On July 27, 2020, the Environmental Protection Agency (“EPA”) finalized a significant new use rule (“SNUR”) for PFAS substances and other compounds under the Toxic Substances Control Act (“TSCA”), which was originally proposed in 2015.  Although this is not the first SNUR for PFAS substances, it includes a new list of compounds, and may be important for your operations if those compounds are part of your business operations.

As described below, companies that manufacture, process, distribute, or import specific long-chain perfluoroalkyl carboxylate (LCPFAC) and perfluoroalkyl sulfonate chemical substances must notify EPA at least 90 days in advance of any manufacturing (including import), processing or distribution for a significant new use.

The final rule becomes effective on September 25, 2020.

1. What Chemicals Are Specifically Regulated? 

LCPFAC chemicals are defined as “the long-chain category of perfluoroalkyl carboxylate chemical substances with perfluorinated carbon chain lengths equal to or greater than seven carbons and less than or equal to 20 carbons.”1 EPA identified twenty LCPFAC substances in the rule, along with six additional PFOA substances and their salts.2

With respect to the subset of LCPFAC chemicals, these substances are as follows:  Perfluorooctyl iodides; Tetrahydroperfluoro compounds; Perfluoro compounds; Pentacosafluoro compounds; Nonacosafluoro compounds; Thiols compounds; Silicic acid; Sodium salts; Polyfluoroalkyl betaine; Fluoroalkyl urethane; and Perfluorinated polyamine.3

2. What Does the Rule Require?

The final rule states the following:  “You may be potentially affected by this action if you manufacture (including import), process, or distribute in commerce chemical substances and mixtures in the class of long-chain perfluoroalkyl carboxylate (LCPFAC) and perfluoroalkyl sulfonate chemical substances.”4(emphasis added).

Practically speaking, this means that the following activities trigger the notice requirements under the SNUR:

  • Manufacturing (including imports), processing, or distribution of LCPFAC chemical substances5 “for any use that was no longer ongoing after December 31, 2015, as a significant new use;”6
  • Manufacturing (including imports), processing, or distribution of LCPFAC chemical substances“and all other LCPFAC chemical substances for any use not ongoing as of January 21, 2015 . . . as significant new use;”8
  • Certain LCPFAC chemical substances that are imported and used as surface coatings on articles;9 and
  • Importers of perfluoroalkyl sulfonate chemical substances as part of carpets.10

A company must also notify EPA at least 90 days prior to the import of the following:  (1) a subset of LCPFAC chemicals as part of a surface coating on articles; and (2) perfluoroalkyl sulfonate chemical substances in carpets.  The notification procedures to EPA are relatively substantial, highlighting aspects such as import and export notifications.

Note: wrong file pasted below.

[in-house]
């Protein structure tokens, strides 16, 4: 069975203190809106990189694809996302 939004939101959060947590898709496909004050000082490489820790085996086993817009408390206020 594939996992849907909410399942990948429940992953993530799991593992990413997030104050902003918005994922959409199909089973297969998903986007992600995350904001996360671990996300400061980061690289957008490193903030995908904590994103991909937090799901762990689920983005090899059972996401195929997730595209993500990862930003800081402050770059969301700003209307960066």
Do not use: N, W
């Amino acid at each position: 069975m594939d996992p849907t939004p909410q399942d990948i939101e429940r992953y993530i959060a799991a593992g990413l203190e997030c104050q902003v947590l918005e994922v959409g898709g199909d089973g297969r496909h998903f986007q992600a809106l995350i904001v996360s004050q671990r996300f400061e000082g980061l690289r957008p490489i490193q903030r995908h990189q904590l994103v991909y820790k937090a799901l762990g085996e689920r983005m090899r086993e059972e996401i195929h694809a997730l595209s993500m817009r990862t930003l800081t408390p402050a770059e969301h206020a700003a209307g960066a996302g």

3. What are the Possible Exemptions?

There were numerous comments that were received and evaluated, including those requesting various exemptions.  A brief summary of some of these discussions are listed below:

  • LCPFAC Use Exemption: EPA specifically excluded certain ongoing activities for “significant new uses,” and these are categorized in this Federal Register amendment.11
  • Research & Development/COVID-19 Exemption. Some medical supplies and equipment may be used for biopharmaceutical research applications for the current pandemic, and therefore, are exempt from the rule.12
  • No De Minimis Exemption. EPA will not establish a general minimum threshold amount, but will evaluate any exemptions on an individual basis.13
  • No Safe Harbor Provision. EPA believes that a safe harbor approach undermines the regulatory process.  The SNUR already states that uses which are ongoing at the time the SNUR was issued are not “significant new uses,” and EPA believes that is sufficient to address the safe harbor issue.14

4. Conclusion

Businesses that manufacture, import, process, or distribute PFAS compounds should evaluate whether any of those compounds and activities are subject to the new SNUR, and if so, take the necessary steps to comply.

For more information on PFAS chemicals, and the regulatory and litigation risks that they pose, please visit our PFAS webpage.  If you have a question about how to manage PFAS risk in any jurisdiction, contact Tom Lee, John Kindschuh, or any other member of our PFAS team at Bryan Cave Leighton Paisner LLP.

1. Id. at 45112.

2. Id.

3. Id at 45111.

4. Id. at 45110.

5. See 40 CFR § 721.10536 for the formula for LCPFAC chemical substances.  https://www.govinfo.gov/content/pkg/CFR-2019-title40-vol33/xml/CFR-2019-title40-vol33-sec721-10536.xml

6. https://www.federalregister.gov/documents/2020/07/27/2020-13738/long-chain-perfluoroalkyl-carboxylate-and-perfluoroalkyl-sulfonate-chemical-substances-significant at 45111.

7. See 40 CFR § 721.10536 for the formula for LCPFAC chemical substances.  https://www.govinfo.gov/content/pkg/CFR-2019-title40-vol33/xml/CFR-2019-title40-vol33-sec721-10536.xml

8. https://www.federalregister.gov/documents/2020/07/27/2020-13738/long-chain-perfluoroalkyl-carboxylate-and-perfluoroalkyl-sulfonate-chemical-substances-significant at 45111.

9. Id. at 45112.

10. Id. at 45113.

11. https://ecfr.federalregister.gov/current/title-40/chapter-I/subchapter-R/part-721/subpart-E/section-721.10536

12. https://www.federalregister.gov/documents/2020/07/27/2020-13738/long-chain-perfluoroalkyl-carboxylate-and-perfluoroalkyl-sulfonate-chemical-substances-significant at 45118-19.

13. Id. at 45120.

14. Id. at 45120-21.